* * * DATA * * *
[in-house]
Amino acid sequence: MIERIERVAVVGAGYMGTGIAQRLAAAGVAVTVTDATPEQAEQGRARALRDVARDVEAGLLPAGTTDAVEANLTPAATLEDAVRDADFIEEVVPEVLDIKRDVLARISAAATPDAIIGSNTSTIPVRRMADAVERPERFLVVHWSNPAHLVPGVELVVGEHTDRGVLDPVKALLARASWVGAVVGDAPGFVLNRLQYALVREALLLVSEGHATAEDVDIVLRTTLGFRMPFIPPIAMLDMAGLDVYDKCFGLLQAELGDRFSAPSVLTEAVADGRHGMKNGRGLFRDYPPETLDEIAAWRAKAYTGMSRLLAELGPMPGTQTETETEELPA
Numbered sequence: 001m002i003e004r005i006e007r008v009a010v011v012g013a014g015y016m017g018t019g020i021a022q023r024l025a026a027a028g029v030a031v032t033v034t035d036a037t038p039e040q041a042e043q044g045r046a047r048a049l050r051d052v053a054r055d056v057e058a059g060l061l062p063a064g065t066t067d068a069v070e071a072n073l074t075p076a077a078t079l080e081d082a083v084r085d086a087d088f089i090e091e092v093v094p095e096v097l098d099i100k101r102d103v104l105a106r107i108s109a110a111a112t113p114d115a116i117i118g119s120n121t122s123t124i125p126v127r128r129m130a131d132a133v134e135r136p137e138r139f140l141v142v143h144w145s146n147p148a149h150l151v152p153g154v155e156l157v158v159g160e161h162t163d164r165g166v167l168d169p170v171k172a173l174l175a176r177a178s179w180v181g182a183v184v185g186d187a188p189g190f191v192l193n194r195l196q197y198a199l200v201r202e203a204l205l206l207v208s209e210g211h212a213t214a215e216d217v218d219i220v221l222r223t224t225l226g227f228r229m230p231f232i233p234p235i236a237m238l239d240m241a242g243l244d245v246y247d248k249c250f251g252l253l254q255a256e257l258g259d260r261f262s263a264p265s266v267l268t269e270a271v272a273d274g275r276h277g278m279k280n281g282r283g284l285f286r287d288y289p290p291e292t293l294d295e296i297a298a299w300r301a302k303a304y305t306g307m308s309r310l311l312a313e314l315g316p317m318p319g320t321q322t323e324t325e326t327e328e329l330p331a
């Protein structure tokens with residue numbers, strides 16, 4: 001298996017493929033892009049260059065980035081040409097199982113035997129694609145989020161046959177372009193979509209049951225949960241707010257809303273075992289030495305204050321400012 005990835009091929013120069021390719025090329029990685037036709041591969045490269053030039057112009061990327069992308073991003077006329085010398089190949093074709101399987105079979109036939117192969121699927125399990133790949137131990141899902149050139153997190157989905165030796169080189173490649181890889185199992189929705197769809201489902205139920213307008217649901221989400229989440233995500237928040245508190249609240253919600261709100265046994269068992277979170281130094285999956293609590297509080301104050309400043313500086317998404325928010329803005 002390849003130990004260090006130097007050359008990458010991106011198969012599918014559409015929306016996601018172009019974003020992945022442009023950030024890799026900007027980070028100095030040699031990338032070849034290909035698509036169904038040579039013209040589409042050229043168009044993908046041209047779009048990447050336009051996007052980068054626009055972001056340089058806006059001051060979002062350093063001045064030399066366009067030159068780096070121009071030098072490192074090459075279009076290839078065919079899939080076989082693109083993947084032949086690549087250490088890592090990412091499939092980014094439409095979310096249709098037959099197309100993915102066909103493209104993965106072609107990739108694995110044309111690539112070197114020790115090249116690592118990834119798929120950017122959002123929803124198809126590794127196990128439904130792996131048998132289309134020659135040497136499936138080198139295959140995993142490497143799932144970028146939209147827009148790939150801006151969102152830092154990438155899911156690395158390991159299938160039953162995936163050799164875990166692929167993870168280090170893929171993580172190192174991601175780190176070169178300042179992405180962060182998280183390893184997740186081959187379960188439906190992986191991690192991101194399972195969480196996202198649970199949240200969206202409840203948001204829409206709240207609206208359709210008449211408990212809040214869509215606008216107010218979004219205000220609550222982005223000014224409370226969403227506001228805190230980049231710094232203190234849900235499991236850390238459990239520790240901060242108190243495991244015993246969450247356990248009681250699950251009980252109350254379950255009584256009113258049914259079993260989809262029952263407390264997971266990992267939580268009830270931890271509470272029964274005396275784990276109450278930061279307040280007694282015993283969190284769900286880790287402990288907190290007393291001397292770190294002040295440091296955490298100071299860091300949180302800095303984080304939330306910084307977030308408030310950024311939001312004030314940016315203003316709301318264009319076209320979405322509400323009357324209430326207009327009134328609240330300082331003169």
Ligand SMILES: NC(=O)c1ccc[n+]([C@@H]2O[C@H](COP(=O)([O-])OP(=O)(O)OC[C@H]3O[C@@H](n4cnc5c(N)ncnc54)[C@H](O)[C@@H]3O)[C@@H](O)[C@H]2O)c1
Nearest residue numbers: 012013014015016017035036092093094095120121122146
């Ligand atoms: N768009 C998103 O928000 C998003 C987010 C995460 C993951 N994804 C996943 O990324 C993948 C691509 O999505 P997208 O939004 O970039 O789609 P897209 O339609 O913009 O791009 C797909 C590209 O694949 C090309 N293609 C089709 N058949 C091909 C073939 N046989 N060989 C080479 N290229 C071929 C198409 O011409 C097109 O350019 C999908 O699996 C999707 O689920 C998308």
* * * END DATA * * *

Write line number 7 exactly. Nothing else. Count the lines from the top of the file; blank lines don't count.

């Ligand atoms: N768009 C998103 O928000 C998003 C987010 C995460 C993951 N994804 C996943 O990324 C993948 C691509 O999505 P997208 O939004 O970039 O789609 P897209 O339609 O913009 O791009 C797909 C590209 O694949 C090309 N293609 C089709 N058949 C091909 C073939 N046989 N060989 C080479 N290229 C071929 C198409 O011409 C097109 O350019 C999908 O699996 C999707 O689920 C998308």